I learned what a cartographer was thanks to video games (thanks, Halo) so perhaps it’s fitting that I enjoyed Carto so much. The Humble Games title is a nice departure from the next-gen console blitz of AAA games all reaching toward our ray tracing future, sure, but it’s also just a really satisfying puzzle game with some familiar but unique mechanics.
If you’ve ever played the board game Carcassonne, you mostly know how to play Carto. The adventure game has an explorable map you can wander aimlessly but is best parsed in square sections you can rearrange to discover new tiles and secrets. Each piece of the puzzle is different, and each side of these square is a type of land that matches up with and connects to others. Grass connects to grass, water connects to water and forest connects to forest. On and on. You can even move the tile Carto is standing on to shuffle yourself across lands easily, as long as everything lines up.
Some new pieces are stumbled upon as white wisps as you adventure, but more complex and essential pieces only emerge after solving puzzles. You’ll find sheep, discover a desert oasis and shuffle around room tiles to unlock new tools that help you move around each island faster. The building and tunnel puzzles are particularly interesting, as they take a bit more thinking to piece together.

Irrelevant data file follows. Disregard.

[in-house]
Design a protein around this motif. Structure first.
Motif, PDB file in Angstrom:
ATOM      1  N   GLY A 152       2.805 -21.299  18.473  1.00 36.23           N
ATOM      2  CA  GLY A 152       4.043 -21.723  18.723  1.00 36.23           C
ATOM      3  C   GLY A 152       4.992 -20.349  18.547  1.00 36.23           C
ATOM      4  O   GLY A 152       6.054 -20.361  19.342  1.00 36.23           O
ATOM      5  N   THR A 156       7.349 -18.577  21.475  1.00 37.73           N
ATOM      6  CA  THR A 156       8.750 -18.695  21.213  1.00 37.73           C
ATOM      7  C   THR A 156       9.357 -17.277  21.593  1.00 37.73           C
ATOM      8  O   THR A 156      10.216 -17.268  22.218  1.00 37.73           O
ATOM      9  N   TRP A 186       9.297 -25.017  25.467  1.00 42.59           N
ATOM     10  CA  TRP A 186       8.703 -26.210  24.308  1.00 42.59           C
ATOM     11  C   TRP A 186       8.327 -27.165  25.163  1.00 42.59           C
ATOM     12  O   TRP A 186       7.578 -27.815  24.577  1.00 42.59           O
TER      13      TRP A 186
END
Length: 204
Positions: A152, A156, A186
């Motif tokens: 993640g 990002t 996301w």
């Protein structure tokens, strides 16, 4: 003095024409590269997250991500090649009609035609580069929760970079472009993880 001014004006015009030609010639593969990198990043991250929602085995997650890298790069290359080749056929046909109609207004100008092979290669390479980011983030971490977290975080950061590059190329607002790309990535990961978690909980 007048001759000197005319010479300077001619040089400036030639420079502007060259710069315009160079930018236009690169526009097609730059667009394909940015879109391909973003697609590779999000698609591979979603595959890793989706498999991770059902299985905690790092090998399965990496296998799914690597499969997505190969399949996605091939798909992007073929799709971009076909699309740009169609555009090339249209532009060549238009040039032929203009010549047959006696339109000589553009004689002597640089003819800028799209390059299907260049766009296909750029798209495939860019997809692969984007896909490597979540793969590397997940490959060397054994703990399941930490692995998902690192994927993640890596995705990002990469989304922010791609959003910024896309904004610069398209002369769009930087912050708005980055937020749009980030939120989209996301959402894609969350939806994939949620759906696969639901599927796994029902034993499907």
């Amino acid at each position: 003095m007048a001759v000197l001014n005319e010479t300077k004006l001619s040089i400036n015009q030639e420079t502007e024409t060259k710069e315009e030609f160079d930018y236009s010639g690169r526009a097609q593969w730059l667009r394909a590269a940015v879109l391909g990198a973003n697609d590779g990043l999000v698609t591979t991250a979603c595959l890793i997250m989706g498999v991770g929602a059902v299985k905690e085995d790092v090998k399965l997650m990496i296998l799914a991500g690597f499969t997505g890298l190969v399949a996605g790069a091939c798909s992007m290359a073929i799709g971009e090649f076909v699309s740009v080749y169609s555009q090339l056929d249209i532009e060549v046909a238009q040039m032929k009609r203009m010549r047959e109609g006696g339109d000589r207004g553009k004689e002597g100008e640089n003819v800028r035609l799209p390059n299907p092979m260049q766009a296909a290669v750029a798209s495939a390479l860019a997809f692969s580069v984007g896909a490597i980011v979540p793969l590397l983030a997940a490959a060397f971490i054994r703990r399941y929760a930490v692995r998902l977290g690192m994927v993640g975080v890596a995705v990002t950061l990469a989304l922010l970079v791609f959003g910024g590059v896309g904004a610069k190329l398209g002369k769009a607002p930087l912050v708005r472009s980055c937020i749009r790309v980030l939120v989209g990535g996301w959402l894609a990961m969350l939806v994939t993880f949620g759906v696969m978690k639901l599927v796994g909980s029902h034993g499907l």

Depending on how sharp you are, some puzzle solutions may be very obvious. But executing those solutions often takes some digging. There’s usually someone you can talk to on screen that will give slight hints, and nothing is so complex that it feels impossible. Finding the balance between obvious and challenging is the hardest part of making a puzzle game, but Carto hits the sweet spot. It’s a game that flows surprisingly well, and even if the mechanics are simple there’s some depth to the journey you take.
Carto is the exact opposite of the major AAA releases that get consoles sold and garner huge marketing budgets. The graphics are fairly simple and the animation is far from stunning. It’s an indie title through and through, but it’s well made and offers a nice, quick journey that’s equally clever and funny. It’s a calm, clever puzzle game that has a lot of heart.
I played my way through this on the Switch, and it’s the perfect platform for this kind of indie game. It’s portable, doesn’t need long sessions to make progress and also looks good on a bigger screen. And in a gaming marketplace where bigger and better is selling new consoles, Carto plays well on pretty much any device you like using for games.
It’s extremely chill, with relaxing tunes and challenging-yet-encouraging puzzles. As the landscapes change and Carto finds her way through islands and tunnels and mysterious forests, it’s easy to be reminded that sometimes the simplest mechanics are the ones that work best. And at $20, Carto offers a journey that’s well worth the shuffle.